Initially, Nebraska Football Coach Tom Osborne and Women’s Basketball Coach Angela Beck declined to talk beyond statements they made right after Phillips’ arrest. I got messages to them that I had a story about the couple’s relationship and wanted to give them the courtesy of hearing what the story said before it was published. Both called me back, and as I read a draft of the story to them, I persuaded each of them to talk for the record, confirming what the victim’s friends had told me without using their names. Again, I don’t think I could have gotten a face-to-face interview with either of the coaches. They weren’t planning to talk, and Beck was traveling.
Leaking Underground Storage Tanks
All I got on the LUST story from shoe-leather was a he-said-she-said story. Nebraska environmental officials said that they had suspended clean-up of leaking gasoline tanks because of a temporary cash-flow issue. Contractors working on the tanks told me they had heard that the fund was broke and clean-up would be halted for months or years. I did those interviews in person and we published the story and it didn’t enlighten anyone.
But I had been planning to learn how to use data in stories, and this seemed like the place to start. This was before you could just download data from the Department of Environmental Quality website, so I did a little shoe-leather reporting, going to Lincoln and requesting all the invoices from clean-up contractors as well as revenues from the tax that funded the clean-up. I recorded all the amounts and dates on a legal pad. Making sense of all the figures would have taken much longer by old-school methods.
But I had an unused Excel program on my home computer. I opened the tutorial and started following the instructions and entering the numbers in a spreadsheet. A few hours later, I resolved the he-said-she-said disagreement. It was May and DEQ already had invoices on hand for all the revenue it could expect to receive through the next February. And I could see from the dates on the invoices that the most recent invoices were for work done in February and March (both sides in the dispute confirmed that the invoices were generally submitted every two or three months).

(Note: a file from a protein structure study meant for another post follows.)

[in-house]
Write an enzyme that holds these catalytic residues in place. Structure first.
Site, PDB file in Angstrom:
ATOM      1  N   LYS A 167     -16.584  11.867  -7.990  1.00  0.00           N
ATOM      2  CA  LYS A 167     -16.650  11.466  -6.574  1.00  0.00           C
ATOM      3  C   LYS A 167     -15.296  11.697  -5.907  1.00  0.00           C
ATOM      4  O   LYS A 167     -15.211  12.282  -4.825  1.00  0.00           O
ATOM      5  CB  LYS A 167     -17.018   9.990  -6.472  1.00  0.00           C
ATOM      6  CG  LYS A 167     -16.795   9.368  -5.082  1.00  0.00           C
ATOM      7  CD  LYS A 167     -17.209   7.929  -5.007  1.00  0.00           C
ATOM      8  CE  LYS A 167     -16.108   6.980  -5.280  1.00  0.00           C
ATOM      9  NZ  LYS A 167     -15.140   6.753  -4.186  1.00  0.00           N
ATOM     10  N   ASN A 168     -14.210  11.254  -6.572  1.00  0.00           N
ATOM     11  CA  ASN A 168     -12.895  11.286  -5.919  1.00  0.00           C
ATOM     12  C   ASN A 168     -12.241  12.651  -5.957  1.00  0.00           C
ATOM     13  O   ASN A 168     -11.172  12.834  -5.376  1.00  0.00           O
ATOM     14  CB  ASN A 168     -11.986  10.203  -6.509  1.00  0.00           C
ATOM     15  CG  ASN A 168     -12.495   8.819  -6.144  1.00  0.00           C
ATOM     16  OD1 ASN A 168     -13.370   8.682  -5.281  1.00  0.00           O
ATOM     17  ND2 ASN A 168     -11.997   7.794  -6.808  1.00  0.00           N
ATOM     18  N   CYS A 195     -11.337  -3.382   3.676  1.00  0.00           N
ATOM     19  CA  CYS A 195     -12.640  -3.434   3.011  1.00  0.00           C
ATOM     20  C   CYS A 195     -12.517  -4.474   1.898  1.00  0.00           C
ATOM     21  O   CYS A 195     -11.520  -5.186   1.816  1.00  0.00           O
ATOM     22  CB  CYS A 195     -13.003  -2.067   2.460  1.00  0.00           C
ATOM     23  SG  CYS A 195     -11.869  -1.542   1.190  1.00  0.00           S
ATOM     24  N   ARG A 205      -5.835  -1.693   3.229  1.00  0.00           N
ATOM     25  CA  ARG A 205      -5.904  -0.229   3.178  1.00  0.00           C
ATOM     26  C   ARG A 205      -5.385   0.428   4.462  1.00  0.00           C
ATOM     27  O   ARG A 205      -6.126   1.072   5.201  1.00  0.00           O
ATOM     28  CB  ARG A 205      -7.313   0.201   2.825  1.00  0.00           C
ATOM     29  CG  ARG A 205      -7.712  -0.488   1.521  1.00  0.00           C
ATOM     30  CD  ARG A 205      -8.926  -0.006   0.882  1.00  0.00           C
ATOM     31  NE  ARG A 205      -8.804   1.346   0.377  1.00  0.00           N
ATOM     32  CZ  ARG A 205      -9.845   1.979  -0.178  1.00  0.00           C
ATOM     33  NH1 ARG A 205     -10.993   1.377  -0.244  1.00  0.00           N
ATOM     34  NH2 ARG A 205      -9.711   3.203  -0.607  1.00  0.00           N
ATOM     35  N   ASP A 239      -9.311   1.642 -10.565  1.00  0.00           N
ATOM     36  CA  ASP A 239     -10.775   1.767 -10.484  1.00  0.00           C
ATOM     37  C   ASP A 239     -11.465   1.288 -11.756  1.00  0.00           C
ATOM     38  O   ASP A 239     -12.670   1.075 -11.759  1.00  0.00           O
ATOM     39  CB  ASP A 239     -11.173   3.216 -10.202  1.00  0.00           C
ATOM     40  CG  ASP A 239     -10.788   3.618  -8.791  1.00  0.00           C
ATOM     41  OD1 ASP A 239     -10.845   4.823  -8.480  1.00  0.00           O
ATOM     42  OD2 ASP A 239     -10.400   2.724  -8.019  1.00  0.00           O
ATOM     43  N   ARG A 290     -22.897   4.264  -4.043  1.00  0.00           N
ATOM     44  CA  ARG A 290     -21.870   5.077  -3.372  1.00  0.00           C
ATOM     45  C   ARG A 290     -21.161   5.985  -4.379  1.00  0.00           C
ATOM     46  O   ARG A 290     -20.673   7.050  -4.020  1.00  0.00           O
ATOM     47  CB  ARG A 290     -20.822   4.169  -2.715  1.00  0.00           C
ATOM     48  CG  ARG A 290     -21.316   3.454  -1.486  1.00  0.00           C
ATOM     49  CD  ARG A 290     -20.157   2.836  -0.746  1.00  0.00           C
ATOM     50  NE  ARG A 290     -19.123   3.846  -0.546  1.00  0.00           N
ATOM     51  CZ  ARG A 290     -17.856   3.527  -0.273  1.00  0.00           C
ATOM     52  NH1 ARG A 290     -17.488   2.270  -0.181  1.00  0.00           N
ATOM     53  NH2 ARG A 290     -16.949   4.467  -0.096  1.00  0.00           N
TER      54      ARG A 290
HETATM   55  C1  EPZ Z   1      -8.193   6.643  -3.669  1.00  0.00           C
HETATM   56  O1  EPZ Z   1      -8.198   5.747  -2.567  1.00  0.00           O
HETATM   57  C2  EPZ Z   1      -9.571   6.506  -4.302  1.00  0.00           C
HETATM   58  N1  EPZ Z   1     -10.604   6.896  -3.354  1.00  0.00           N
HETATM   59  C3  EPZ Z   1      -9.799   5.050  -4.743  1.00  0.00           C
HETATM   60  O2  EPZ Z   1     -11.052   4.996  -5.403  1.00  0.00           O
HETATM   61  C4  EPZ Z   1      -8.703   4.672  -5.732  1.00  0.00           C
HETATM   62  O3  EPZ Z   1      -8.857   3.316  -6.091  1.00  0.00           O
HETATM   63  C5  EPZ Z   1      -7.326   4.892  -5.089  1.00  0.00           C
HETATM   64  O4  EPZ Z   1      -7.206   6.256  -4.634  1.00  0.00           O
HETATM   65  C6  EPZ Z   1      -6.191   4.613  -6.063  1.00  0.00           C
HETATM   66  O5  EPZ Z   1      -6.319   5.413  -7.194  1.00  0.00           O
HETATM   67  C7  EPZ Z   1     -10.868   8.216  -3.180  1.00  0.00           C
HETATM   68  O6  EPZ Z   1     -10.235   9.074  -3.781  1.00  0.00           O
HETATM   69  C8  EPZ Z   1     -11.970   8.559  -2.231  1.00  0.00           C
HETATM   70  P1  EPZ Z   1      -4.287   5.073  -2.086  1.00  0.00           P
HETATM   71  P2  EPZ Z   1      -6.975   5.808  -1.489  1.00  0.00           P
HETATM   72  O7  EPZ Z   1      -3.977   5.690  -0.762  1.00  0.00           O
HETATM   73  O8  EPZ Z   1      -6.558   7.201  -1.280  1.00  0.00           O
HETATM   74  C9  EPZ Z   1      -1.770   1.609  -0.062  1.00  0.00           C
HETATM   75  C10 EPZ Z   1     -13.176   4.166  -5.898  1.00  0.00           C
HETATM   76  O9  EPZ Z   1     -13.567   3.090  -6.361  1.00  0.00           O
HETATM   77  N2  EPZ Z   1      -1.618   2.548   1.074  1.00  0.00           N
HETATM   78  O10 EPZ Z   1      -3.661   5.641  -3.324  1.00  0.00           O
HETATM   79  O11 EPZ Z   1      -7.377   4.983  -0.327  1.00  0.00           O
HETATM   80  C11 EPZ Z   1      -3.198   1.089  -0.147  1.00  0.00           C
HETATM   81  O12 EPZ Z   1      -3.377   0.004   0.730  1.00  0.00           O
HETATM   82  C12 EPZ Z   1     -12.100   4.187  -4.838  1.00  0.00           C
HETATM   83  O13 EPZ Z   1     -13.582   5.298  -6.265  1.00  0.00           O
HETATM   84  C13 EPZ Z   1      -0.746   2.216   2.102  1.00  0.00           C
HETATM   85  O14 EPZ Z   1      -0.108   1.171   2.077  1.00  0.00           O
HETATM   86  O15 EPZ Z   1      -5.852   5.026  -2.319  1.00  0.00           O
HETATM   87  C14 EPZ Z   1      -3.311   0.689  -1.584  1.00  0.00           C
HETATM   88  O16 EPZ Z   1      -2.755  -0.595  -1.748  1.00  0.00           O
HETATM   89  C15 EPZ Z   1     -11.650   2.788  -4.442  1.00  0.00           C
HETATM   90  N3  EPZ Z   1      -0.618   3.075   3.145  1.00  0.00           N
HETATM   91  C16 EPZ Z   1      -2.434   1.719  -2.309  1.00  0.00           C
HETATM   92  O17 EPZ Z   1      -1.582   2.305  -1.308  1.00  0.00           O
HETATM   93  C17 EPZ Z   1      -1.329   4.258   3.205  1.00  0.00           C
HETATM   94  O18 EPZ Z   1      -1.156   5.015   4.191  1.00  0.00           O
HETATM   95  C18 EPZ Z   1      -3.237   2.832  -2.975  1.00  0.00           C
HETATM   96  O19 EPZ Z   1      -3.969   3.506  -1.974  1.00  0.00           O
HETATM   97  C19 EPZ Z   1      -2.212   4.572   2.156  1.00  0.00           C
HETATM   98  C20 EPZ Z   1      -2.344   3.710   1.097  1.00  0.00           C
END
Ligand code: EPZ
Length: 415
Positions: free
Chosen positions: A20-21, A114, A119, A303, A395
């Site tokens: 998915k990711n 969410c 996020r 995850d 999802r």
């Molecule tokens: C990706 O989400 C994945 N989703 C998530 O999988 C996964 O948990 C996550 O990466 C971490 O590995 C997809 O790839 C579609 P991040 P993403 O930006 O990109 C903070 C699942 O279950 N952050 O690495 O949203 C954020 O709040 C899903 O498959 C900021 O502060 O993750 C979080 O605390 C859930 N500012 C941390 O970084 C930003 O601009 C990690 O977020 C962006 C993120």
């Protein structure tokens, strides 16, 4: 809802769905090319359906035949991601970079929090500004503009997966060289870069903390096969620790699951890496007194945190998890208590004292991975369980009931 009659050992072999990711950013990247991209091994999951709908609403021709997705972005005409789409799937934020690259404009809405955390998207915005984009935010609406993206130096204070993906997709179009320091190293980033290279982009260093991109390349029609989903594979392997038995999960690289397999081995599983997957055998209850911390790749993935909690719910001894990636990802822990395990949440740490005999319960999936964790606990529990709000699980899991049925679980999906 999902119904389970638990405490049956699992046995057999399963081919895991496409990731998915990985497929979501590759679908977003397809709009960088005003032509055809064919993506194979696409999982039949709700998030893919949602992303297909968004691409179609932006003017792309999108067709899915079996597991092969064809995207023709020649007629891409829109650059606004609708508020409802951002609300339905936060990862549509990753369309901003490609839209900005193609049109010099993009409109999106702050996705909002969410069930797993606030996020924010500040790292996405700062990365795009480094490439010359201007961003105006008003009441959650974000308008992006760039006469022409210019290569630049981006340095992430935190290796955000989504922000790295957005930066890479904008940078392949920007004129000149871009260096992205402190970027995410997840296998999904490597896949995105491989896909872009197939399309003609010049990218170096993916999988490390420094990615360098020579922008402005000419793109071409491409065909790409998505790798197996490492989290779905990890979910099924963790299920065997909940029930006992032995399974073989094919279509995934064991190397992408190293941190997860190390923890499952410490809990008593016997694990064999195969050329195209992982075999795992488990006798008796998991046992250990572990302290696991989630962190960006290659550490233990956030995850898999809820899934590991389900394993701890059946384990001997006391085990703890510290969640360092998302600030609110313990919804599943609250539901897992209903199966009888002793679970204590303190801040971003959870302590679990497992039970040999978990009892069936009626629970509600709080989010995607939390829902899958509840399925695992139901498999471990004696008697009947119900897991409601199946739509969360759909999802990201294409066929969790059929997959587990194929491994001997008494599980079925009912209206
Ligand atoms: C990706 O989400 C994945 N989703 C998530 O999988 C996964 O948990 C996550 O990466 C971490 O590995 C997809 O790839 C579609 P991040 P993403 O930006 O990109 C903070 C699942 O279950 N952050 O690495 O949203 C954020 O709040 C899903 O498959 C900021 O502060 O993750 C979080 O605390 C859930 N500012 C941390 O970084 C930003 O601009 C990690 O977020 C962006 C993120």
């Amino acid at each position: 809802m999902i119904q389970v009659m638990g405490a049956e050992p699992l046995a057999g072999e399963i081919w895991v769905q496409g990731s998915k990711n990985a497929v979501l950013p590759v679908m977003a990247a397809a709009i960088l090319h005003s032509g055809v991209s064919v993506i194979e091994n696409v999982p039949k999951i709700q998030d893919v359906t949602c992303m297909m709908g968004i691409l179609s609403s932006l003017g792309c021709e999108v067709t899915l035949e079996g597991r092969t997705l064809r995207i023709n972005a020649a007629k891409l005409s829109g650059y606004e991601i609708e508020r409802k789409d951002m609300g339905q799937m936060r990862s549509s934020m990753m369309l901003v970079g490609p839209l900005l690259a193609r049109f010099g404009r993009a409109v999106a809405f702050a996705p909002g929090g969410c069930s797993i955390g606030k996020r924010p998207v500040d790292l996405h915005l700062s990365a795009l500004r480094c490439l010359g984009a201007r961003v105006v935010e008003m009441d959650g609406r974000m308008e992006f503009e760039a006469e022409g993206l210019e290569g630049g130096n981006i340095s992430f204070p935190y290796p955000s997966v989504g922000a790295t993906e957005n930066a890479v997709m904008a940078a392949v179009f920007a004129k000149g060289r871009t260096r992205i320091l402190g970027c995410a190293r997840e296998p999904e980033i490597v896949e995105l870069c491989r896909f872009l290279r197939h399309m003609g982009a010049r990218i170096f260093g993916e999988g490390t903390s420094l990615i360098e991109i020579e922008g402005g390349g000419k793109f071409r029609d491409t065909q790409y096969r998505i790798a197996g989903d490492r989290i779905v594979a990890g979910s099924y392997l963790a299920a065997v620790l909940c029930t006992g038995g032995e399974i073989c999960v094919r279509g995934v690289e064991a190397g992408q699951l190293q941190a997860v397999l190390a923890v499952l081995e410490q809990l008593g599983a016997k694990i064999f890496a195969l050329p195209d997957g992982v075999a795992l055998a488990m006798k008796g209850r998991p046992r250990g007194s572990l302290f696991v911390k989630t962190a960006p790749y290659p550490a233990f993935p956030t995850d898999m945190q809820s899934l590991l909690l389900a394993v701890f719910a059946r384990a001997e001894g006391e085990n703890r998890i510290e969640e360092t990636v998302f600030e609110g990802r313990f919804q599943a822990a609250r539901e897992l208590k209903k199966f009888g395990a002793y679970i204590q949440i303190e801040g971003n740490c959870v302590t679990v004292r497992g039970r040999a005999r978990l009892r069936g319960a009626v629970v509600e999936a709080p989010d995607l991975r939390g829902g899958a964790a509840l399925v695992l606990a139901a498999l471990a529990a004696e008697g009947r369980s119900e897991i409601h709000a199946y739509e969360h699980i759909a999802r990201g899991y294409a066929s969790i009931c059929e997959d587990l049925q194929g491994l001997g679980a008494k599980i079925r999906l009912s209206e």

I went back to the DEQ officials with my spreadsheet, asking them if they could find any mistakes (I lacked confidence at that point in my data skills). They couldn’t, and I had the story from data analysis that I couldn’t get (or get as quickly) simply by shoe leather: The state’s clean-up fund was out of money and clean-up could be shut down for a full year.
Odes to “shoe-leather” reporting are often used to state its superiority over lazy reporting that relies on computers. That is fantasy, spun by reporters too lazy or intimidated to learn how to use computers effectively. Data analysis has improved reporting and helped journalists hold government and others in power accountable.
Shoe-leather reporters sometimes waste lots of time knocking on the wrong doors. Effective data analysis tells you exactly where to knock and prepares you to ask smart questions if anyone comes to the door.
Essex, Iowa, plane crash
One October Friday night while I was working at the Des Moines Register in 1981, a small plane crashed in Essex, Iowa, killing two people. Well, I’ve worked my share of crashes, fires, weather stories, crimes and other spot news stories from the scene. That’s usually the best way to work a breaking story.
But this plane crashed less than an hour before our deadline for the edition that went to Essex, which was a two-hour drive away. The only way to get the story by deadline was to hustle on the phone.
Fortunately, I knew Essex. It is Mimi’s hometown and I used to cover Essex sports when I worked in nearby Shenandoah. I called the manager of the Shenandoah airport, the assistant volunteer fire chief, the Essex football coach (the plane had buzzed the field during a high school football game, apparently looking for a place to land, before crashing nearby). I knew that people would be gathering after the game at the American Legion hall to discuss the game and the crash (and wouldn’t have been there long enough yet that sobriety would be an issue). So I called the Legion hall and talked to a couple teachers who had been at the game. I called an FAA official.